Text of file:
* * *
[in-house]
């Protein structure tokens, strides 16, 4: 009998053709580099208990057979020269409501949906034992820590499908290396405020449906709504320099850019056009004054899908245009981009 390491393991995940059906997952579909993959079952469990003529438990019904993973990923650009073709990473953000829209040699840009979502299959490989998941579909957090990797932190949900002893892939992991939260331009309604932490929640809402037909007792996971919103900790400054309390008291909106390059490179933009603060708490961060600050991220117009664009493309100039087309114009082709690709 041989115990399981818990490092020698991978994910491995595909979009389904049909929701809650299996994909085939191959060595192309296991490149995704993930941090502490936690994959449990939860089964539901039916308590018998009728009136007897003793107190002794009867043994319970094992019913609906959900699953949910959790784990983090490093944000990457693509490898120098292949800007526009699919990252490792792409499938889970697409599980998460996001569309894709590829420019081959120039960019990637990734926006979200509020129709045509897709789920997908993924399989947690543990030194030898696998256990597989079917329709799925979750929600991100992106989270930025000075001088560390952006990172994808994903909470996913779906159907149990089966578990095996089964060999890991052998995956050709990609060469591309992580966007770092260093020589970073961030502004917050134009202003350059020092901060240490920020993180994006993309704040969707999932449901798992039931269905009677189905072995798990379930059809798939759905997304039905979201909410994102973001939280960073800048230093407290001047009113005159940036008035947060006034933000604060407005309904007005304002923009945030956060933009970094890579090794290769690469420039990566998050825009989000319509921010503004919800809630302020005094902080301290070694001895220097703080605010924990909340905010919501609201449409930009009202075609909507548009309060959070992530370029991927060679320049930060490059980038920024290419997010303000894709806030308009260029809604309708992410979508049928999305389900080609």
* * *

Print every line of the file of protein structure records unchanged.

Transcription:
[in-house]
């Protein structure tokens, strides 16, 4: 009998053709580099208990057979020269409501949906034992820590499908290396405020449906709504320099850019056009004054899908245009981009 390491393991995940059906997952579909993959079952469990003529438990019904993973990923650009073709990473953000829209040699840009979502299959490989998941579909957090990797932190949900002893892939992991939260331009309604932490929640809402037909007792996971919103900790400054309390008291909106390059490179933009603060708490961060600050991220117009664009493309100039087309114009082709690709 041989115990399981818990490092020698991978994910491995595909979009389904049909929701809650299996994909085939191959060595192309296991490149995704993930941090502490936690994959449990939860089964539901039916308590018998009728009136007897003793107190002794009867043994319970094992019913609906959900699953949910959790784990983090490093944000990457693509490898120098292949800007526009699919990252490792792409499938889970697409599980998460996001569309894709590829420019081959120039960019990637990734926006979200509020129709045509897709789920997908993924399989947690543990030194030898696998256990597989079917329709799925979750929600991100992106989270930025000075001088560390952006990172994808994903909470996913779906159907149990089966578990095996089964060999890991052998995956050709990609060469591309992580966007770092260093020589970073961030502004917050134009202003350059020092901060240490920020993180994006993309704040969707999932449901798992039931269905009677189905072995798990379930059809798939759905997304039905979201909410994102973001939280960073800048230093407290001047009113005159940036008035947060006034933000604060407005309904007005304002923009945030956060933009970094890579090794290769690469420039990566998050825009989000319509921010503004919800809630302020005094902080301290070694001895220097703080605010924990909340905010919501609201449409930009009202075609909507548009309060959070992530370029991927060679320049930060490059980038920024290419997010303000894709806030308009260029809604309708992410979508049928999305389900080609």